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Serendipity Shaggy Mane mushrooms

Shaggy Mane MushroomShaggy Mane Mushroom

Cool thing! I was running in MacDonald Forest near the old growth trailhead and I spotted some fresh young shaggy mane mushrooms popping  right up directly on the gravel road!  That is so typical for shaggy manes — they can push up through concrete and then they are the most fragile thing in the world.  Of course I didn’t have the camera along on a run!  My guys didn’t even survive the trip home in one piece — I had knotted them in a corner of my hoodie and I dropped it and they shattered into several wedges each — complete with inky black gills on the inside.  Curses!  Camera is not here,   It is #2 son’s birthday this weekend and I loaned him the camera to shoot fall foliage, so I had to snag a shot off the web.   My mycologist neighbor confirmed that they were actually shaggy manes and not something ghastly like Death Angel, (amanita)  and so I sauteed them up with garlic and onion.       With such black gills the sautee has kind of a greyish juice, (somehow not as appetizing to look at as brown) but the flavor is delicious.

1,611 Responses to “Serendipity Shaggy Mane mushrooms”

  • How interesting! I would love to eat wild mushrooms but not much grows in the desert here except false puffballs and other tough skinned specimens that dry out far too quickly to find in good condition. (and I don’t know if any of them are even edible)

    http://www.gourmetloveaffair.com/s last blog post..Gourmet. Comfort. Food. (and some new plates)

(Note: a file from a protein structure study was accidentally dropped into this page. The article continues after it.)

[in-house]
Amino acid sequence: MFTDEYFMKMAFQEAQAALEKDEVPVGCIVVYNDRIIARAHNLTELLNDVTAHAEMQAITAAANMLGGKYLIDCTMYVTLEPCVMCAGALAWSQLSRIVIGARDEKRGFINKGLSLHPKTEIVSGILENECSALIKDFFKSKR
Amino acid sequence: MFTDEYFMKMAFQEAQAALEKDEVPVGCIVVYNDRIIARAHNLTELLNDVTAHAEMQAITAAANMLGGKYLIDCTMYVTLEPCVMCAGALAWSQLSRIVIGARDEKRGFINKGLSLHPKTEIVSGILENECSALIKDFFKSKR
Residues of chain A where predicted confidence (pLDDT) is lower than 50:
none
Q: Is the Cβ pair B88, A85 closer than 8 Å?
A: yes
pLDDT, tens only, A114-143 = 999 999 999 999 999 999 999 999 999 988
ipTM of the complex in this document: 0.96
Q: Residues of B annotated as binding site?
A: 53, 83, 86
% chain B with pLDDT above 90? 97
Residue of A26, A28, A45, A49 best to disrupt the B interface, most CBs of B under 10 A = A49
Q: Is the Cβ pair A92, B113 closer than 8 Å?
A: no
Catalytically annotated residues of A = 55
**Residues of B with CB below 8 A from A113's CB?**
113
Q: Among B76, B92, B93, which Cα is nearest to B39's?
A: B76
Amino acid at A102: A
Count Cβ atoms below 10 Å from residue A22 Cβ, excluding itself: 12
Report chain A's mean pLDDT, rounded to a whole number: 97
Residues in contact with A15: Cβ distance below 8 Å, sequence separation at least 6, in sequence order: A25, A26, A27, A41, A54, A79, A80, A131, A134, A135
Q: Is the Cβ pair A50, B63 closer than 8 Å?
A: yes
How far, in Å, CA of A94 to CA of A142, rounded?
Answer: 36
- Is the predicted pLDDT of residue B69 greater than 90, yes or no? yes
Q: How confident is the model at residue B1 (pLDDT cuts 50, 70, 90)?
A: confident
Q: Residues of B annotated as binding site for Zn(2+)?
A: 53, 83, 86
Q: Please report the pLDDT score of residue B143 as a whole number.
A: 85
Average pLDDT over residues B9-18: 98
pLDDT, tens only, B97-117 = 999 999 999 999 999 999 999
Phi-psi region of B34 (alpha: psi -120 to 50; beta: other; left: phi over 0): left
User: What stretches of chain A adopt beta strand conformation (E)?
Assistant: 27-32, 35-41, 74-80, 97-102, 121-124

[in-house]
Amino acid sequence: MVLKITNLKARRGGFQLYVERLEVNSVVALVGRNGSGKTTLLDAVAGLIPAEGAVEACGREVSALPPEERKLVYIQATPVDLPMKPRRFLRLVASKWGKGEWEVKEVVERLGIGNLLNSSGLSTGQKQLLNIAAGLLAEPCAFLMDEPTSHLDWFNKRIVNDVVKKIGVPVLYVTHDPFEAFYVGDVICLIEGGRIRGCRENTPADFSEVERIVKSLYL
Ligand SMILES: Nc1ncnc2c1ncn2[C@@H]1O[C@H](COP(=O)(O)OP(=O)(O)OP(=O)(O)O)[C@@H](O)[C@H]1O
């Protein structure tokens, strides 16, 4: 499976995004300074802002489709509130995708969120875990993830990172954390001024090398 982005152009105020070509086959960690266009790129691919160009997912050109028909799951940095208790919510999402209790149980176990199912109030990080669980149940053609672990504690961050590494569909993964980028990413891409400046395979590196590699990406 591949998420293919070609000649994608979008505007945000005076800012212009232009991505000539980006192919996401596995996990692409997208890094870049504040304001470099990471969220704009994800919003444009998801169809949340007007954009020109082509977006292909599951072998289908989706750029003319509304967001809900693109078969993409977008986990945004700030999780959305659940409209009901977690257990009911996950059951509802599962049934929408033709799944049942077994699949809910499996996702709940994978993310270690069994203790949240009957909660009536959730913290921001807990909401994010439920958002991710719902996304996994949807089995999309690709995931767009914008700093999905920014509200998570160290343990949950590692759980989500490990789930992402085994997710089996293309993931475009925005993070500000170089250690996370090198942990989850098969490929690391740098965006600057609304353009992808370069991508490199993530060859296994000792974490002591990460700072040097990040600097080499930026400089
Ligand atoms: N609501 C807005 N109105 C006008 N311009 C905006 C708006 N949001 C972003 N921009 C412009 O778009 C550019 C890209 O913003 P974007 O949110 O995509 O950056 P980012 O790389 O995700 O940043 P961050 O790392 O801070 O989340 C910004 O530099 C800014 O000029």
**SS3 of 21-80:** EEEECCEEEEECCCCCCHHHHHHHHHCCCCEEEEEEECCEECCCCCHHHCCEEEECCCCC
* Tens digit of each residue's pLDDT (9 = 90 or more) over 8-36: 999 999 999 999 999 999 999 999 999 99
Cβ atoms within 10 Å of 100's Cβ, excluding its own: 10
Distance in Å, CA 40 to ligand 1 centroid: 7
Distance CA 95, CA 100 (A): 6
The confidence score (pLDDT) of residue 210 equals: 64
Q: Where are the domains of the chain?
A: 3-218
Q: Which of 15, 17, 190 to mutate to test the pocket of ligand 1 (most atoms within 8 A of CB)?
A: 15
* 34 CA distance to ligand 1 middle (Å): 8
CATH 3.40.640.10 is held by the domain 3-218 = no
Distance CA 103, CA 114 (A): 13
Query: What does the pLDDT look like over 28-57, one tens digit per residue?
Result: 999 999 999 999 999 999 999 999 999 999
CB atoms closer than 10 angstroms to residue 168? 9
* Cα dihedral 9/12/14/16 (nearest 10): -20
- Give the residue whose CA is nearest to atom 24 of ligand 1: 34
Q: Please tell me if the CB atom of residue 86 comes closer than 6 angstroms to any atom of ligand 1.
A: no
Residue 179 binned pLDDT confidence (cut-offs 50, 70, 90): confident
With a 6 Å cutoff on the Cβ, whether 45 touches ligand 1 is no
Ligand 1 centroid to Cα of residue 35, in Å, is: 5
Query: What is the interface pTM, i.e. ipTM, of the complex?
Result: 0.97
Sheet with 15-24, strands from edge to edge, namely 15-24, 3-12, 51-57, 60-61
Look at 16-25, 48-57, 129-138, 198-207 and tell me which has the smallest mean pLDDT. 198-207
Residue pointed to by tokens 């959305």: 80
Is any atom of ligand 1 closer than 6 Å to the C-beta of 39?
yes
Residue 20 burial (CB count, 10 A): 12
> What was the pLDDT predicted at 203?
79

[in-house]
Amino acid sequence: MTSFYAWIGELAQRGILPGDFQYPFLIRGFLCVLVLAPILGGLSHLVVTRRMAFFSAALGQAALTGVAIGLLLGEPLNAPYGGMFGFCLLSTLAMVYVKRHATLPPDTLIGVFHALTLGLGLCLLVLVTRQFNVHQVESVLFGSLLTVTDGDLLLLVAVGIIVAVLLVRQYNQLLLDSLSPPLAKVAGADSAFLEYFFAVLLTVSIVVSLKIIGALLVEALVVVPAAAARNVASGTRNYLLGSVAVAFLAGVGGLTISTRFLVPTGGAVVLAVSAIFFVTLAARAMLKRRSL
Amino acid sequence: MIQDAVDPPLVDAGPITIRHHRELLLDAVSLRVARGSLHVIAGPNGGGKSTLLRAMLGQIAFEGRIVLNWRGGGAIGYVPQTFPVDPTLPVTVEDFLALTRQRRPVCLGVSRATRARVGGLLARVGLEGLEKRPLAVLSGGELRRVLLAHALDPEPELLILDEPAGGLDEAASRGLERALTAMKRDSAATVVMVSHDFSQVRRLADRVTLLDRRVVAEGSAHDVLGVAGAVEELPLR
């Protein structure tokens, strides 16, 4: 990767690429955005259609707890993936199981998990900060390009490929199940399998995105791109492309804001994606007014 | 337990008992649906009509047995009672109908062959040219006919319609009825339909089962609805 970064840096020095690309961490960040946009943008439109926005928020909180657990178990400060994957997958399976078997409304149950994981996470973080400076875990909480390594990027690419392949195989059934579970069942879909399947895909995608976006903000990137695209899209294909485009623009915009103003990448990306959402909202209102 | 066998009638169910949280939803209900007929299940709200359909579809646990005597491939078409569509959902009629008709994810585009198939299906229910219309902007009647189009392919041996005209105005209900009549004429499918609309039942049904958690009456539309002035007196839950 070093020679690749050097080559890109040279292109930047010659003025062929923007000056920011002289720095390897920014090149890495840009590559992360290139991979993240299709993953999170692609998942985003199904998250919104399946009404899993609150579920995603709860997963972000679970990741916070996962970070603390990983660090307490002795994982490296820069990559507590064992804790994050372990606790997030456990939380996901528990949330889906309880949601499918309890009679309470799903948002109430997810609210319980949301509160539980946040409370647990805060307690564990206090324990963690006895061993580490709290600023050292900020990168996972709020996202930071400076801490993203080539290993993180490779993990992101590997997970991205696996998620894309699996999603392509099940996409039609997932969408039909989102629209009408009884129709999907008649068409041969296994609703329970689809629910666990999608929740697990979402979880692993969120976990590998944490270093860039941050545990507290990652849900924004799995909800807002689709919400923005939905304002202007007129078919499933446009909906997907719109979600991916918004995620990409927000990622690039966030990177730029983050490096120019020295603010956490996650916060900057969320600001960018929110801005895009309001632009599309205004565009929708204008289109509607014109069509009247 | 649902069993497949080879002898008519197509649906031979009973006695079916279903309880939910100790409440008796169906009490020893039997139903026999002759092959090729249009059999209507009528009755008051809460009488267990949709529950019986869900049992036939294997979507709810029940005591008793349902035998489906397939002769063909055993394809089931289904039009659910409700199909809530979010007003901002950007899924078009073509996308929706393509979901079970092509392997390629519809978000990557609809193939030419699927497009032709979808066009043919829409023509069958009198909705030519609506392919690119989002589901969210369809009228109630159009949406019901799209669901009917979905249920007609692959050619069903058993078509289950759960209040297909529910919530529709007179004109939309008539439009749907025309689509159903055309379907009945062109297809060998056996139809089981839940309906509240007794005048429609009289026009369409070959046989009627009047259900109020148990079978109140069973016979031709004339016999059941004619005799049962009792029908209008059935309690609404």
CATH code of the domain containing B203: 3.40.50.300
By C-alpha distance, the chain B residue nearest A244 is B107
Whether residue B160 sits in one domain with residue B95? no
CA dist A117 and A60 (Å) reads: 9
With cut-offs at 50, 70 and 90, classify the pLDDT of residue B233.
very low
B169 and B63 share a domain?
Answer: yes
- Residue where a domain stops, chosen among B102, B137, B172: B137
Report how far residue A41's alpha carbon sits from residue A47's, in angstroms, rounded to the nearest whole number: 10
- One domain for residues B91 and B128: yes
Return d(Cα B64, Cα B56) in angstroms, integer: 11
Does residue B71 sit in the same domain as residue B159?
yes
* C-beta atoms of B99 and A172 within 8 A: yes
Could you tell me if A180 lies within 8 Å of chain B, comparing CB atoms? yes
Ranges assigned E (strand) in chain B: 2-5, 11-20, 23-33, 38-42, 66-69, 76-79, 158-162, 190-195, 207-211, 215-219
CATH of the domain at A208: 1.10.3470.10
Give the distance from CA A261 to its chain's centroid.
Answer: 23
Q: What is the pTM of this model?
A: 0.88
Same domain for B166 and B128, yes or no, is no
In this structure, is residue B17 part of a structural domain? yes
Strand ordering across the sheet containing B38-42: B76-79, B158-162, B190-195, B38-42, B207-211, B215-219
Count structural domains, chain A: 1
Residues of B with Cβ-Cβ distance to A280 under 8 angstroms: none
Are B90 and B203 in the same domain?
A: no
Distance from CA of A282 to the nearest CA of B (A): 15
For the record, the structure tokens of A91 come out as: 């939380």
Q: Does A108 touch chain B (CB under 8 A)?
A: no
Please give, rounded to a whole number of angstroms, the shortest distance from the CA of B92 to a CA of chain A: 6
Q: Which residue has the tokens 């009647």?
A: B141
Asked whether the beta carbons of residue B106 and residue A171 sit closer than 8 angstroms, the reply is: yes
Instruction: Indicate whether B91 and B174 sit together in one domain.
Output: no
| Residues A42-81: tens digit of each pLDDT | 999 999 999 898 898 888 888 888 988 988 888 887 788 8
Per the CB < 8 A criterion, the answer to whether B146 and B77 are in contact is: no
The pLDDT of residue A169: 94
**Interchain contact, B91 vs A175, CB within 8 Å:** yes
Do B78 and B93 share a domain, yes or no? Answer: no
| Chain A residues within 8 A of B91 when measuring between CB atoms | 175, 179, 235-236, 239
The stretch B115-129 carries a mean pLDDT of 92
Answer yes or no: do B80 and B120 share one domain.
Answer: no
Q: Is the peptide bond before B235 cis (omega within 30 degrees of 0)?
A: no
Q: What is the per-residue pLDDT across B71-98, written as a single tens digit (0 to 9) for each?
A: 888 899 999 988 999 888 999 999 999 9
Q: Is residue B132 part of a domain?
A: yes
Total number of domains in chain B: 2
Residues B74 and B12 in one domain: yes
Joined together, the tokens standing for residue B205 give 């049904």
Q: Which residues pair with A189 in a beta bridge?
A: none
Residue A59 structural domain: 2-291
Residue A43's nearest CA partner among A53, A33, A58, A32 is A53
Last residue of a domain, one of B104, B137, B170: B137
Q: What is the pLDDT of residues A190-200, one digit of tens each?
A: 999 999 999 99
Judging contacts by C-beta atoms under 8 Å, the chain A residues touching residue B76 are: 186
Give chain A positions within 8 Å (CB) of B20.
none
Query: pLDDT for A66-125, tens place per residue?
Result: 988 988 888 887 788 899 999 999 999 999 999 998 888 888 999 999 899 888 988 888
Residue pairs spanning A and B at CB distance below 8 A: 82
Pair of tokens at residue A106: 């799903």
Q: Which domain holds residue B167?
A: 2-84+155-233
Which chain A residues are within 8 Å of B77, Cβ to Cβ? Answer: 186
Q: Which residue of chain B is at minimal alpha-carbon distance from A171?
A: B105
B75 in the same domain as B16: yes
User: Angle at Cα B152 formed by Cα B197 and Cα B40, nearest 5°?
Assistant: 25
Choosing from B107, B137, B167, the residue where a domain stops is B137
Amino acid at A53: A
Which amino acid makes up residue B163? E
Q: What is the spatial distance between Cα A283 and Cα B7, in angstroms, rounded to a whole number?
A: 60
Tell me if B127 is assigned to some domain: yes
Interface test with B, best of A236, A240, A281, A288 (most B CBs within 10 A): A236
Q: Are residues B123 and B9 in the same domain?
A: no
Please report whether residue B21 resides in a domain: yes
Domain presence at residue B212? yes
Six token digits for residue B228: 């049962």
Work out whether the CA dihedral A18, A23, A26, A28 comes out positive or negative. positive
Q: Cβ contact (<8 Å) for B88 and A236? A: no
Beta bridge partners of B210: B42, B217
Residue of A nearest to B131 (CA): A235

• admin:

    I always get such a charge out of foraging, even urban foraging where I just raid fruit trees (like my neighbor’s blue plum) that aren’t being harvested. October is morel and chantarelle season too but haven’t seen any of those, and even if I did one has to be careful because, although they don’t actually own the land, the professional harvesters are very territorial and can be quite nasty to outsiders. But I have never seen shaggymanes for sale commercially — they are much too fragile, kinda like thimbleberries.

  • Very interesting. I hope one day I can live in an area that I can do that… right now its nopal and well… amaranth… it grows native here actually… and I don’t have the time to go get it, that’s why I want some of your seeds for my backyard! (Sorry it’s taken me so long btw, I’m just awful about mailing stuff- do everything online because of it).
    Thanks for the compliments on my plate! So far everyone thinks its batman, I could swear there are funky letters written around it, but, if I can get over that aspect, it makes all the food I’ve used it for look fabulous. I guess its the black and white combo that makes the colors of the food pop.

    http://www.gourmetloveaffair.com/s last blog post..Gourmet. Comfort. Food. (and some new plates)

  • admin:

    Nopal is very healthy if you’re, ahem…. man enough to slice the spikes off of it. We used to eat a lot of it in Mexico during Lent. Wash the slime off good and cook it with a good tomato based sauce kinda like Okra.

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